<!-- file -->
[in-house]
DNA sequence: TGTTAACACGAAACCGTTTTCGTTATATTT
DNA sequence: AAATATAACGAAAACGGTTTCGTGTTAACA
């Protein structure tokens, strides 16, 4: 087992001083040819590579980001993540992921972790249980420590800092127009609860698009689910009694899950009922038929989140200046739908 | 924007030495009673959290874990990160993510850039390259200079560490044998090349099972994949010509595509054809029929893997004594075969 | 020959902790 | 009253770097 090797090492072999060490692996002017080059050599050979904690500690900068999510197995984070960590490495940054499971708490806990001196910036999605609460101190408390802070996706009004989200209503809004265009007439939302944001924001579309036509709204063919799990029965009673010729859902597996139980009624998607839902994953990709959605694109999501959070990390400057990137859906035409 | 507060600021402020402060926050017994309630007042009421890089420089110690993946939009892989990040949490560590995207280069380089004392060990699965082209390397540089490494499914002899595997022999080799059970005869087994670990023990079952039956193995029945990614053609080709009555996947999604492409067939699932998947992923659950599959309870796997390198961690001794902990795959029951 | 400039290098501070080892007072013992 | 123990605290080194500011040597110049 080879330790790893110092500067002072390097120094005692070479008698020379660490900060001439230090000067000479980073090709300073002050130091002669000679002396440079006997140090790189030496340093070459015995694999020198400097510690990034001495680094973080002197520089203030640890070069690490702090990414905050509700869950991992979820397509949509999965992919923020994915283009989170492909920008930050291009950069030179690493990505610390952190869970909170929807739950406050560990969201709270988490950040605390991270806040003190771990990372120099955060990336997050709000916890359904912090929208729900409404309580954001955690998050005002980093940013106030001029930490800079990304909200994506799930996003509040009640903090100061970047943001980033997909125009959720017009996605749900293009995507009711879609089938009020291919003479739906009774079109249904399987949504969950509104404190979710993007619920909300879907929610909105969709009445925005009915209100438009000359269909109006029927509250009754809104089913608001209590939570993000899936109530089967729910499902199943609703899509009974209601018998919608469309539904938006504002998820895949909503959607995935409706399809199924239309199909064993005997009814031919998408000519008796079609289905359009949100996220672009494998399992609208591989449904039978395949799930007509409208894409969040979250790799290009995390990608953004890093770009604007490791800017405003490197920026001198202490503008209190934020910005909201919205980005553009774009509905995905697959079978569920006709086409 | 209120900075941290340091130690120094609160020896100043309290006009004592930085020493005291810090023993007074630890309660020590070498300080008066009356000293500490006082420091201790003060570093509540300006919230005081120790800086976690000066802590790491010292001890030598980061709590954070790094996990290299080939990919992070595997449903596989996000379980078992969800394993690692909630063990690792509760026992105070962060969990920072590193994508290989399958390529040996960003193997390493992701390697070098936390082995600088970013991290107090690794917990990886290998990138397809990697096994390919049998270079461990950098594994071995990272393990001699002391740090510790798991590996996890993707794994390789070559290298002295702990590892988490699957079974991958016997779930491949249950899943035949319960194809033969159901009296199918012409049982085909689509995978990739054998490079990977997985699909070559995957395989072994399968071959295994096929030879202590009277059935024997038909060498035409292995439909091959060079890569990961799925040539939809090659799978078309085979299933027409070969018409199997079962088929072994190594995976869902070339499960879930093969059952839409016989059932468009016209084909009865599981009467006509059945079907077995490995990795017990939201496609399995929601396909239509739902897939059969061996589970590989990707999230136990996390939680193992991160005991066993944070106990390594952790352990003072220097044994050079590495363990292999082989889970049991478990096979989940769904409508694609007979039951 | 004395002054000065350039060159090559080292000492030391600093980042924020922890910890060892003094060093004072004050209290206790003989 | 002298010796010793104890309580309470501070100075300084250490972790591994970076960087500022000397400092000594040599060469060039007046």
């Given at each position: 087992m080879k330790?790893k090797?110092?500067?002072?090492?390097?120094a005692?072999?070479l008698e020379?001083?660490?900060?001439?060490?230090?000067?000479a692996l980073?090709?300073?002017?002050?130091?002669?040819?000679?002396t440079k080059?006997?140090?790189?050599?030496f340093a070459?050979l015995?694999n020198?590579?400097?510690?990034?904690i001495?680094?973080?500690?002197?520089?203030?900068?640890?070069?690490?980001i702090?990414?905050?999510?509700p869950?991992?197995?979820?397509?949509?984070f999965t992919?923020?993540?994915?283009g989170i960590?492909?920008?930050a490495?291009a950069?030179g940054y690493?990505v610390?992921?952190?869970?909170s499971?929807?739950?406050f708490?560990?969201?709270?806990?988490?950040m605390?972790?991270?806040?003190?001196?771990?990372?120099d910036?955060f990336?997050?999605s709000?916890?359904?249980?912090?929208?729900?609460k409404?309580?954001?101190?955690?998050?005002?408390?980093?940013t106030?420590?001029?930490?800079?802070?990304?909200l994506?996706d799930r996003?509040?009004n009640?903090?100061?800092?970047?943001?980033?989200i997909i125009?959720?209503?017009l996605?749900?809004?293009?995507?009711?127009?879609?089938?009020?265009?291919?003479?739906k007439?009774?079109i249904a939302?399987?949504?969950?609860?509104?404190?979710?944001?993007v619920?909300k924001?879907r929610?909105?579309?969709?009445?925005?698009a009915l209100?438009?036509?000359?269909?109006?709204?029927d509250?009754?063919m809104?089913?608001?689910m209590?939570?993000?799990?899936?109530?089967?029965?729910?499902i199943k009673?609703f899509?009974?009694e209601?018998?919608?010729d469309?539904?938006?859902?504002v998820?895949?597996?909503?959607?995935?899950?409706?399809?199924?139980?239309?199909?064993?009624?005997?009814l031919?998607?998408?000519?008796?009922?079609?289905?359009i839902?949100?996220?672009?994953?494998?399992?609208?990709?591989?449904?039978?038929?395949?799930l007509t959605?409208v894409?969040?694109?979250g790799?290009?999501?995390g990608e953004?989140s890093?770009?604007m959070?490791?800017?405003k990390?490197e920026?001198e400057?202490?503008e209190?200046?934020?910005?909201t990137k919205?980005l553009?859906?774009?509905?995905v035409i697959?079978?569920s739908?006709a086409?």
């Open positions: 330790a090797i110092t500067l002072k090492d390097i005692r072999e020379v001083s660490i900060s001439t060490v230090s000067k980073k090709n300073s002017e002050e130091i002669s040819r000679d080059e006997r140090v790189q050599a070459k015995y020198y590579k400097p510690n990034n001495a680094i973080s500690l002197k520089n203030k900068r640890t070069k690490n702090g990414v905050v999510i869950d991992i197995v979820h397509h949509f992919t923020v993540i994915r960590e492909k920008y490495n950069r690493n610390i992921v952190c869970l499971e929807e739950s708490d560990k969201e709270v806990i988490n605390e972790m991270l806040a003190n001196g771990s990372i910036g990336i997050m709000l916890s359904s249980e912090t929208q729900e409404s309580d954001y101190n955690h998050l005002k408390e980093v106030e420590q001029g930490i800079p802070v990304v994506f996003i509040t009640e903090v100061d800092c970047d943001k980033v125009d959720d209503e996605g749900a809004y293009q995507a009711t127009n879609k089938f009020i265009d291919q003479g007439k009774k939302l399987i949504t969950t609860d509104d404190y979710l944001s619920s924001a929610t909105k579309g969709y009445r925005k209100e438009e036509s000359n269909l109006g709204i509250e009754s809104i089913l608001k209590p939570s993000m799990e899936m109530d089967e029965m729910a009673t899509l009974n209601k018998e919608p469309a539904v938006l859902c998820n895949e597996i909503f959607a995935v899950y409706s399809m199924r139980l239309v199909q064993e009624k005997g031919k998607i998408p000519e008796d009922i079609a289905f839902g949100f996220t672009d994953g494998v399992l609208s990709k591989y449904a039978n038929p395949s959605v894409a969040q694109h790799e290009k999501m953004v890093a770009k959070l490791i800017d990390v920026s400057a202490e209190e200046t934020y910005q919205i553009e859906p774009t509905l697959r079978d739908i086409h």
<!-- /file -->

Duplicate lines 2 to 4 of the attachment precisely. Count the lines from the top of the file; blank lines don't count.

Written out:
DNA sequence: TGTTAACACGAAACCGTTTTCGTTATATTT
DNA sequence: AAATATAACGAAAACGGTTTCGTGTTAACA
């Protein structure tokens, strides 16, 4: 087992001083040819590579980001993540992921972790249980420590800092127009609860698009689910009694899950009922038929989140200046739908 | 924007030495009673959290874990990160993510850039390259200079560490044998090349099972994949010509595509054809029929893997004594075969 | 020959902790 | 009253770097 090797090492072999060490692996002017080059050599050979904690500690900068999510197995984070960590490495940054499971708490806990001196910036999605609460101190408390802070996706009004989200209503809004265009007439939302944001924001579309036509709204063919799990029965009673010729859902597996139980009624998607839902994953990709959605694109999501959070990390400057990137859906035409 | 507060600021402020402060926050017994309630007042009421890089420089110690993946939009892989990040949490560590995207280069380089004392060990699965082209390397540089490494499914002899595997022999080799059970005869087994670990023990079952039956193995029945990614053609080709009555996947999604492409067939699932998947992923659950599959309870796997390198961690001794902990795959029951 | 400039290098501070080892007072013992 | 123990605290080194500011040597110049 080879330790790893110092500067002072390097120094005692070479008698020379660490900060001439230090000067000479980073090709300073002050130091002669000679002396440079006997140090790189030496340093070459015995694999020198400097510690990034001495680094973080002197520089203030640890070069690490702090990414905050509700869950991992979820397509949509999965992919923020994915283009989170492909920008930050291009950069030179690493990505610390952190869970909170929807739950406050560990969201709270988490950040605390991270806040003190771990990372120099955060990336997050709000916890359904912090929208729900409404309580954001955690998050005002980093940013106030001029930490800079990304909200994506799930996003509040009640903090100061970047943001980033997909125009959720017009996605749900293009995507009711879609089938009020291919003479739906009774079109249904399987949504969950509104404190979710993007619920909300879907929610909105969709009445925005009915209100438009000359269909109006029927509250009754809104089913608001209590939570993000899936109530089967729910499902199943609703899509009974209601018998919608469309539904938006504002998820895949909503959607995935409706399809199924239309199909064993005997009814031919998408000519008796079609289905359009949100996220672009494998399992609208591989449904039978395949799930007509409208894409969040979250790799290009995390990608953004890093770009604007490791800017405003490197920026001198202490503008209190934020910005909201919205980005553009774009509905995905697959079978569920006709086409 | 209120900075941290340091130690120094609160020896100043309290006009004592930085020493005291810090023993007074630890309660020590070498300080008066009356000293500490006082420091201790003060570093509540300006919230005081120790800086976690000066802590790491010292001890030598980061709590954070790094996990290299080939990919992070595997449903596989996000379980078992969800394993690692909630063990690792509760026992105070962060969990920072590193994508290989399958390529040996960003193997390493992701390697070098936390082995600088970013991290107090690794917990990886290998990138397809990697096994390919049998270079461990950098594994071995990272393990001699002391740090510790798991590996996890993707794994390789070559290298002295702990590892988490699957079974991958016997779930491949249950899943035949319960194809033969159901009296199918012409049982085909689509995978990739054998490079990977997985699909070559995957395989072994399968071959295994096929030879202590009277059935024997038909060498035409292995439909091959060079890569990961799925040539939809090659799978078309085979299933027409070969018409199997079962088929072994190594995976869902070339499960879930093969059952839409016989059932468009016209084909009865599981009467006509059945079907077995490995990795017990939201496609399995929601396909239509739902897939059969061996589970590989990707999230136990996390939680193992991160005991066993944070106990390594952790352990003072220097044994050079590495363990292999082989889970049991478990096979989940769904409508694609007979039951 | 004395002054000065350039060159090559080292000492030391600093980042924020922890910890060892003094060093004072004050209290206790003989 | 002298010796010793104890309580309470501070100075300084250490972790591994970076960087500022000397400092000594040599060469060039007046």